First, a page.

Samsung and several other firms have demonstrated LED backlights that are dramatic improvement in quality and efficiency over CCFLs. LED backlights have great potential, but they are still more costly and thicker than OLEDs. Perhaps a 100 micron thick, white OLED might make a descent backlight. And if you could pixelate the backlight, you could get true black (and thus high contrast ratios) in an LCD.
It turns out in practice that this arrangement works very well. The backlight does not need very many pixels for selective dimming to have a dramatic improvement on picture quality. In fact, as few as 16 pixels has a dramatic effect. Using an independently driven 16 pixel (each pixel being 1/16th the area of the display…) LED backlight WINTEK demonstrated contrast ratios approaching 100,000 to 1; and Samsung has several LED backlit LCD TV products on the market, including the 57 inch LN-T5781F which went on the market July 1st, with a contrast ratio of 500,000 to 1.
The proof is in the pudding, so to speak. One could argue that inorganic white LEDs are cheaper and more efficient than today’s white OLEDs, and you’d be 100% correct. OLEDs also run a little hotter than LEDs and have lifetime issues.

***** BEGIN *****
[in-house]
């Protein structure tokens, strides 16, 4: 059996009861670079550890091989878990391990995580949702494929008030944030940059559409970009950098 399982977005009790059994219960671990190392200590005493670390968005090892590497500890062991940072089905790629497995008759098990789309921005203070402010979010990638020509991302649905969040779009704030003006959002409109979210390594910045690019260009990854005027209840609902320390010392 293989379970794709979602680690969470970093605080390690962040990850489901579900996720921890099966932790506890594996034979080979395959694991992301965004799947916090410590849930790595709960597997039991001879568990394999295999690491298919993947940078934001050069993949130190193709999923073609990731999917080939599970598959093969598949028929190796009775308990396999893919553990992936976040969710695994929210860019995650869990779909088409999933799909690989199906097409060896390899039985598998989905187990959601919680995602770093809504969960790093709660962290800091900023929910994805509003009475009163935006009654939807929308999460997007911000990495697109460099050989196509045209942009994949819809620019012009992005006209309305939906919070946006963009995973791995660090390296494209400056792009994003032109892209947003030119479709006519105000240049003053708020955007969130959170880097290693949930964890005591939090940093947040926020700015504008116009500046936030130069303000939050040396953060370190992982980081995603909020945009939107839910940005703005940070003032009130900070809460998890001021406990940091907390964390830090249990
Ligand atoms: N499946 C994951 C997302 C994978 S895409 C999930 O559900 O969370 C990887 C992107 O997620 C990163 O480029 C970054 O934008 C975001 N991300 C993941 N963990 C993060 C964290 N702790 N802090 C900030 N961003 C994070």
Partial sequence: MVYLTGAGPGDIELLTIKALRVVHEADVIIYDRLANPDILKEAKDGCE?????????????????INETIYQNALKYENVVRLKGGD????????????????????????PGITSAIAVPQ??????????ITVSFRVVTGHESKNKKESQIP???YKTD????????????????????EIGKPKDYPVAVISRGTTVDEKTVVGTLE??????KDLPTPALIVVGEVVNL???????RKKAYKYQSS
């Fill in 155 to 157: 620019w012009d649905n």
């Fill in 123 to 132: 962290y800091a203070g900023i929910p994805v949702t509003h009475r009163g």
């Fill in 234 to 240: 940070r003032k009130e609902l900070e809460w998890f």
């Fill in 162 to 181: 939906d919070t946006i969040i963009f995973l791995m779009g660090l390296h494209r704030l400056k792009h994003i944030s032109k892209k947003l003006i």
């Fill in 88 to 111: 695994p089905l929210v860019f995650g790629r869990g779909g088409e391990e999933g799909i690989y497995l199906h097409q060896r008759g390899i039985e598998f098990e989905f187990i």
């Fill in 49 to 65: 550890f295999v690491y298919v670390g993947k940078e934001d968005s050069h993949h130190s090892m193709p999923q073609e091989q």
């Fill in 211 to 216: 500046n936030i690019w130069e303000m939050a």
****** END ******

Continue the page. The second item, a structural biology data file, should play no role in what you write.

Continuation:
But you have to remember that there are no full scale gen 6 or later OLED TV production lines running today (although Samsung SDI is investing in a gen 6 line at this very moment, and Kodak is working hard to create OLED compatible glass at gen 8 sizes and above), and very few pilot lines, so expect to see prices drop dramatically and most of the production related lifetime issues go away as volume rises.
Novaled, a major player in OLED innovation, provided data at SID that suggests white OLED efficiencies will meet or exceed that of current white LEDs by 2010 (see the OLLA project final press release) The demonstrated contrast ratios are extremely close to OLED TV contrast ratios, and arguably so good that any improvements will likely exceed the ability of all but the most expert viewers to notice.